Manchester City Council

Good Luck Glasgow

In only five days time, Glasgow will find out whether it's won the right to host the 2014 Commonwealth Games.

On behalf of everyone involved in the delivery and the legacy of Manchester's outstanding 2002 Commonwealth Games, I've written to their council leader Steven Purcell wishing them luck.

If they win the crucial vote at the Commonwealth Games Federation on Friday, then they can look forward to seven years of hard work, two weeks of sport and fingernail-biting, and a lifetime's legacy of regeneration - if they get it right.

In Manchester, we learned very quickly that hosting this event is not easy and to take nothing for granted.

Manchester started on the road to the Games in 1994 as part of a 20-year programme to improve the east of the city, where the one-time powerhouse of this great industrial city had spiralled into decline. During the 60s and 70s, more than 35,000 jobs had disappeared, factories closed, and people especially skilled workers had gone, leaving the field empty for growing deprivation and all the social ills that brings.

Thanks to the Games, the building of Sportcity and the strength of our public and private sector partnerships, New East Manchester is slowly becoming once again a thriving city suburb with the seeds of private sector investment, rising skills in local people and improving education standards for children.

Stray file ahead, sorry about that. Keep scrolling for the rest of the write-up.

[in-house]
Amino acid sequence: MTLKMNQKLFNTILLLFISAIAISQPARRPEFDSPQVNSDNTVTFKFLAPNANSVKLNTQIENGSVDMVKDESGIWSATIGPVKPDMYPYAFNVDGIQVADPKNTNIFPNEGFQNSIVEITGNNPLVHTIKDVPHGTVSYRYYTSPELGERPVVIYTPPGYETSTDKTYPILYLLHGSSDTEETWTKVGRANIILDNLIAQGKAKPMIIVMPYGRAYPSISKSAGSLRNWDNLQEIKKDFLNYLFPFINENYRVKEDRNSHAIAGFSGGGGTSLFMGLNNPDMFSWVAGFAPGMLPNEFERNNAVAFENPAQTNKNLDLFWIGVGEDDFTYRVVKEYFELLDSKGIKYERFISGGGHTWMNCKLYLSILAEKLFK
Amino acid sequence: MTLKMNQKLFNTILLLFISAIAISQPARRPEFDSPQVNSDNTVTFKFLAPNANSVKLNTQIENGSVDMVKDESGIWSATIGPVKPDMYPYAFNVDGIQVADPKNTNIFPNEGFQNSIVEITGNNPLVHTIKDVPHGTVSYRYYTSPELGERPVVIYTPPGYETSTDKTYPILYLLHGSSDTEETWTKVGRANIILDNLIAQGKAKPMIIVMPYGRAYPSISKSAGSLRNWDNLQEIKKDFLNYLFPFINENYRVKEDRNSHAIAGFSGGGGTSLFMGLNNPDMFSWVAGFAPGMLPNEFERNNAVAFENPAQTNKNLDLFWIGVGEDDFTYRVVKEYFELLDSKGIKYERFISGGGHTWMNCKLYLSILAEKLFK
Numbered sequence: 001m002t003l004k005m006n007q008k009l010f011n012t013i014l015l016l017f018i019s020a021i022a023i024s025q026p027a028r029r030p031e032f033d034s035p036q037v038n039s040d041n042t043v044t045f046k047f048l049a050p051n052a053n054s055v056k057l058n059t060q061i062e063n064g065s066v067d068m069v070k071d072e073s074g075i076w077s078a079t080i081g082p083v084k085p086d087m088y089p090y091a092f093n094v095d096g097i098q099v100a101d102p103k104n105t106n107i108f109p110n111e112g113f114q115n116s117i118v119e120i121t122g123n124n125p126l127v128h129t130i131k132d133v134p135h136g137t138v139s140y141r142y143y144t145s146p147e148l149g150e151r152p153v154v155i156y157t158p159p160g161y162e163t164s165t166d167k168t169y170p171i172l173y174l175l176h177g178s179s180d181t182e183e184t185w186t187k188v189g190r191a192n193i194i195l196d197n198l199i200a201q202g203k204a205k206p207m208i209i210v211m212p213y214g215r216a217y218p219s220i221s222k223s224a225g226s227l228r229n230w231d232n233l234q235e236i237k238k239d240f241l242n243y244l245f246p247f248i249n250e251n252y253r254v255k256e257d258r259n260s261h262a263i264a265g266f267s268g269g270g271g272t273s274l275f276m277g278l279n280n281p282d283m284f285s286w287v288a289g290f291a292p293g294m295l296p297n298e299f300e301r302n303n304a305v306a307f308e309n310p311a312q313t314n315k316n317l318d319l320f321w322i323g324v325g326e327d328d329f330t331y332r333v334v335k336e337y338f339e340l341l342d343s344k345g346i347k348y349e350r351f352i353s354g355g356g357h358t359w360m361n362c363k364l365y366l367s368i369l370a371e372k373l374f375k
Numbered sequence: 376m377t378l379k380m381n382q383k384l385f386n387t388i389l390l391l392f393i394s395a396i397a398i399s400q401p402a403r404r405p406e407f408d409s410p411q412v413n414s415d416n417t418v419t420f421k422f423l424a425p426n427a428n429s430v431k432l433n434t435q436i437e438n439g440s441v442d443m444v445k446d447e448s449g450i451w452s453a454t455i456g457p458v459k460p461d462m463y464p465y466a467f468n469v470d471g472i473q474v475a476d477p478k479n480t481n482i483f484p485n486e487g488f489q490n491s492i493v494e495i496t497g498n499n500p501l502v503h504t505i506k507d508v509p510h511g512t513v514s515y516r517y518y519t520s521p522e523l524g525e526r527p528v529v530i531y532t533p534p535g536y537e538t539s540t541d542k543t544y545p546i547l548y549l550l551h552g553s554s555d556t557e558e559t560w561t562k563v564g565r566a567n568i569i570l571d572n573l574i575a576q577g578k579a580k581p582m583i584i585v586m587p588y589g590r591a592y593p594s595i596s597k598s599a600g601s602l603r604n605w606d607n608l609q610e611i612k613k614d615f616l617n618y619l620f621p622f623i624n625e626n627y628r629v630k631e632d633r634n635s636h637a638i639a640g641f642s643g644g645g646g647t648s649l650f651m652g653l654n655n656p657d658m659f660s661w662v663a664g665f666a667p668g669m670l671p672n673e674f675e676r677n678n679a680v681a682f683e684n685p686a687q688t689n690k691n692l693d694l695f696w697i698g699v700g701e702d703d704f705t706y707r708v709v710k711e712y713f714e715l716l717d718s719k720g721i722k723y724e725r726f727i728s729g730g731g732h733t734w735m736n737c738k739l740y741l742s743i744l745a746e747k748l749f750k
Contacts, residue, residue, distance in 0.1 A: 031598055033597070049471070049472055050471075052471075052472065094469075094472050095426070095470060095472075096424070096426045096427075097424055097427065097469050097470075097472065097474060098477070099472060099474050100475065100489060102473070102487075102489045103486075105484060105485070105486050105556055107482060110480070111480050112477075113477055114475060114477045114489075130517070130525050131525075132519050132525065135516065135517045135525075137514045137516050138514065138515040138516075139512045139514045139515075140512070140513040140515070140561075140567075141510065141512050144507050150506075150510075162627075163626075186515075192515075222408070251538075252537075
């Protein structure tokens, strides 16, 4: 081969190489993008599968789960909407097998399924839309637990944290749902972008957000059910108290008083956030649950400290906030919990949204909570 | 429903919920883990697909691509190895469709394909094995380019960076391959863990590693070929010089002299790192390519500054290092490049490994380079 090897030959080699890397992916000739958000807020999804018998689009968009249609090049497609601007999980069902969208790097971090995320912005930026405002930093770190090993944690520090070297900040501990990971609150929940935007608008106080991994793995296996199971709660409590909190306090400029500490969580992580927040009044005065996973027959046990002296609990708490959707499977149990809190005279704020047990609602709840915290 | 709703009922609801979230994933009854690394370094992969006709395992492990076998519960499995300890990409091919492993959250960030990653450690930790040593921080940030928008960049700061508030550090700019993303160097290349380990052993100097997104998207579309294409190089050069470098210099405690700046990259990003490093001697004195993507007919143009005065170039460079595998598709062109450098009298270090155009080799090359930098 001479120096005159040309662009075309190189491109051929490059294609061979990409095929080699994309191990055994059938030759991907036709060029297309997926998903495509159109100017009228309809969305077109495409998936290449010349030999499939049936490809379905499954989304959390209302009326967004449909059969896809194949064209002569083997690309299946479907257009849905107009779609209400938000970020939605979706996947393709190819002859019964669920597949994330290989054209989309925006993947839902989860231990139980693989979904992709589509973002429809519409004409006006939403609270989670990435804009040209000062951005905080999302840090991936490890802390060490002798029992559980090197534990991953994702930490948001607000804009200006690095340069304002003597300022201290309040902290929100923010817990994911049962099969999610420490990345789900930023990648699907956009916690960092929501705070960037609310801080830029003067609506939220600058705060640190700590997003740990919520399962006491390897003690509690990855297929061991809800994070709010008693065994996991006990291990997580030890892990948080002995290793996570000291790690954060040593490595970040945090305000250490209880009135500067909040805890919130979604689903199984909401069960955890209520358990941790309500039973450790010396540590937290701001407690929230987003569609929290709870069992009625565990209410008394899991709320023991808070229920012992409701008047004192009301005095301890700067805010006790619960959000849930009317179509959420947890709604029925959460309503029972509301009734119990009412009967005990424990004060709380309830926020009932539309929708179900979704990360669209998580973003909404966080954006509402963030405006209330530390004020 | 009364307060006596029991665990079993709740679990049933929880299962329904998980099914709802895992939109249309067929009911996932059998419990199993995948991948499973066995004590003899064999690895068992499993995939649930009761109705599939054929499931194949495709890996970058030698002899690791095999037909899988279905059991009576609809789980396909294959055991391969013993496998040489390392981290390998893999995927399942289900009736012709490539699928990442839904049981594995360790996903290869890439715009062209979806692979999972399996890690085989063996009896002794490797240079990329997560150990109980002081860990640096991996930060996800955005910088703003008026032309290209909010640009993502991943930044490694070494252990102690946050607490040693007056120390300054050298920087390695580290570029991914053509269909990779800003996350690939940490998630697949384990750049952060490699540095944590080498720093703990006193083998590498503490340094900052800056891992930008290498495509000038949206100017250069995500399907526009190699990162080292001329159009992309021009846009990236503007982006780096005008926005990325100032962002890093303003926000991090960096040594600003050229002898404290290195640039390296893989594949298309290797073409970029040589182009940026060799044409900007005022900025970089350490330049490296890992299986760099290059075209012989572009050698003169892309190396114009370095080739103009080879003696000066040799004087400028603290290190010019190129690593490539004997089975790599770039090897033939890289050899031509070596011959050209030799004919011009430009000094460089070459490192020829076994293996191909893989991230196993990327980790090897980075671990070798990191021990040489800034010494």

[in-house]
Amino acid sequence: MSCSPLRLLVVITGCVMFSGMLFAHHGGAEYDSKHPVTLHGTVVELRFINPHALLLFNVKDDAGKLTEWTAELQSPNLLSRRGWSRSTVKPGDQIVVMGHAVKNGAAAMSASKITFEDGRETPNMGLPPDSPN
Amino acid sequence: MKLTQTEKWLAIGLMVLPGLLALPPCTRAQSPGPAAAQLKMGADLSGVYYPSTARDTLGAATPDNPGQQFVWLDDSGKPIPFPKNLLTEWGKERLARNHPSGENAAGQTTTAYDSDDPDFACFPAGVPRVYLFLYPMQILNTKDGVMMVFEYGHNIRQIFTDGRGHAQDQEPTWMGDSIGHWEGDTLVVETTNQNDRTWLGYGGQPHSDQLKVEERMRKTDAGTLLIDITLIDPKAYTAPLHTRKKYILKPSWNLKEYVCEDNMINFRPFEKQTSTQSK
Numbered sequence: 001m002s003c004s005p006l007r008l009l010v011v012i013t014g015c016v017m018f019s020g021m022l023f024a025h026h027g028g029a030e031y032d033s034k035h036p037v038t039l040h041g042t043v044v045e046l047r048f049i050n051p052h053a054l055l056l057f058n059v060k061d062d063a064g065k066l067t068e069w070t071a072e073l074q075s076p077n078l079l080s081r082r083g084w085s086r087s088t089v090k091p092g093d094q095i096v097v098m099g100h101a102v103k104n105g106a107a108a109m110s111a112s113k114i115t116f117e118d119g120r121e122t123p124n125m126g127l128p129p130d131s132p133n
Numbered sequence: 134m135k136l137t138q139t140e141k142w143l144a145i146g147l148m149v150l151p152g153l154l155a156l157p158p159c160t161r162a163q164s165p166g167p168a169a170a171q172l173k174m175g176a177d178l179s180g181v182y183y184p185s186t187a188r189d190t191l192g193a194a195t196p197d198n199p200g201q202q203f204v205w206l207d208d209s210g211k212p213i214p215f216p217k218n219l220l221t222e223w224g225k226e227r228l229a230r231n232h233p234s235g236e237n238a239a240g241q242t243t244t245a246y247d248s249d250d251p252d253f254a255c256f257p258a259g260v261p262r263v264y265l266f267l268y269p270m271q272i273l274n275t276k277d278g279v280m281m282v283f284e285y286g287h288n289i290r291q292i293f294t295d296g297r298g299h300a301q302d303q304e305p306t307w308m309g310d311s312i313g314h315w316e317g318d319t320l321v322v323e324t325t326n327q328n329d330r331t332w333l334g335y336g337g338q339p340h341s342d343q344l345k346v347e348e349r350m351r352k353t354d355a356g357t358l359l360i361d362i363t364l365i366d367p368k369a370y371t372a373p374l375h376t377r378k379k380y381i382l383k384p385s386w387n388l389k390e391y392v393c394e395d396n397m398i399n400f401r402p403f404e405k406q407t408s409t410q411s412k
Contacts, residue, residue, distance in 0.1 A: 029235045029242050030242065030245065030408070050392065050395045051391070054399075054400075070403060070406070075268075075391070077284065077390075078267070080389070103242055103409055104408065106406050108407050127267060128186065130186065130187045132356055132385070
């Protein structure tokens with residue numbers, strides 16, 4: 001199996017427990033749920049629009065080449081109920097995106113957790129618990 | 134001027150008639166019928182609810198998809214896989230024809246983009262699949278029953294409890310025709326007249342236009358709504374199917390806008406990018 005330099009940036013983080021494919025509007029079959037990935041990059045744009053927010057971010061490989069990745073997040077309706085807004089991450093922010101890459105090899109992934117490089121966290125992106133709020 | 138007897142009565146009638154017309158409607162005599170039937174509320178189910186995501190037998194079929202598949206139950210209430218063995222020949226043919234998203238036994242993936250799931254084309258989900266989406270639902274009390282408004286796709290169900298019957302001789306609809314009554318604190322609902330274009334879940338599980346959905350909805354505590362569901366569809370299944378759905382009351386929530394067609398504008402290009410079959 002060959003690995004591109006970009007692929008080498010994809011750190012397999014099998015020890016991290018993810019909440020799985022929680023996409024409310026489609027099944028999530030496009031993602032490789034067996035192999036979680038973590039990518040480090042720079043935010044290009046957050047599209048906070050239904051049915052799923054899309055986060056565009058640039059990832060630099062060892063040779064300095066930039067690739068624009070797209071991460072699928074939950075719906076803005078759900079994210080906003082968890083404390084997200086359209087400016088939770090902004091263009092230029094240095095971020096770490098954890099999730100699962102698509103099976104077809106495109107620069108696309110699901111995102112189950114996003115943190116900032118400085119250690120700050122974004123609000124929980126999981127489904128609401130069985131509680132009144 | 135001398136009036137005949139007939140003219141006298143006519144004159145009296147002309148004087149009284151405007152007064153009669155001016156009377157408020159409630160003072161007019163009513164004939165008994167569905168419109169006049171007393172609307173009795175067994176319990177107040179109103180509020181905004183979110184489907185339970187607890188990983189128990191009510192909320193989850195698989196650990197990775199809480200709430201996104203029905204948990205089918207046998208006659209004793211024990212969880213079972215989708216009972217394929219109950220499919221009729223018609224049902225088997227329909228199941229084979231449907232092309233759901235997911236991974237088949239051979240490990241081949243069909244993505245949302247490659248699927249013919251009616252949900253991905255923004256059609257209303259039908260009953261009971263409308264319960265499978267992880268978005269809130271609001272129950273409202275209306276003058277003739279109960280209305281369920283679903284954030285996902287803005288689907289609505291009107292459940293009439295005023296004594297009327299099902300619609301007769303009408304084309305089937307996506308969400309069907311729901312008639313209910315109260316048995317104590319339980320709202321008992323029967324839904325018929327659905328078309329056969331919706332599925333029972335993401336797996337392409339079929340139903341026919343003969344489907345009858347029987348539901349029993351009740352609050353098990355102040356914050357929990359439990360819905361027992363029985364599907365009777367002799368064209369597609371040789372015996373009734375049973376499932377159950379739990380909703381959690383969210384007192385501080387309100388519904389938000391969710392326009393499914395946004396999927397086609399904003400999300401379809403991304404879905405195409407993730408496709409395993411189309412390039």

The Games showed the world that Manchester is a modern, dynamic city that loves to party, and since 2002 we've hosted a range of successful international events which have attracted millions of pounds of visitors' money, all supporting jobs and investment in the local economy.

But the job is far from over. We still rank as the third most deprived local authority in England and Wales on the national index of multiple deprivation. The parliamentary constituency (Manchester Central) where the games were principally based has the highest levels of child poverty in the country. We need more investment and we need many more jobs to replace those that have been lost. Not just any jobs but jobs that, with suitable training, are accessible to a local labour force and that fuel aspiration in communities that are no longer life-threatened but remain in intensive care.

So good luck to Glasgow, we wish you well. It is worth it, and we will help in any way we can.

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The blog of the leader of Manchester City Council, Councillor Richard Leese.

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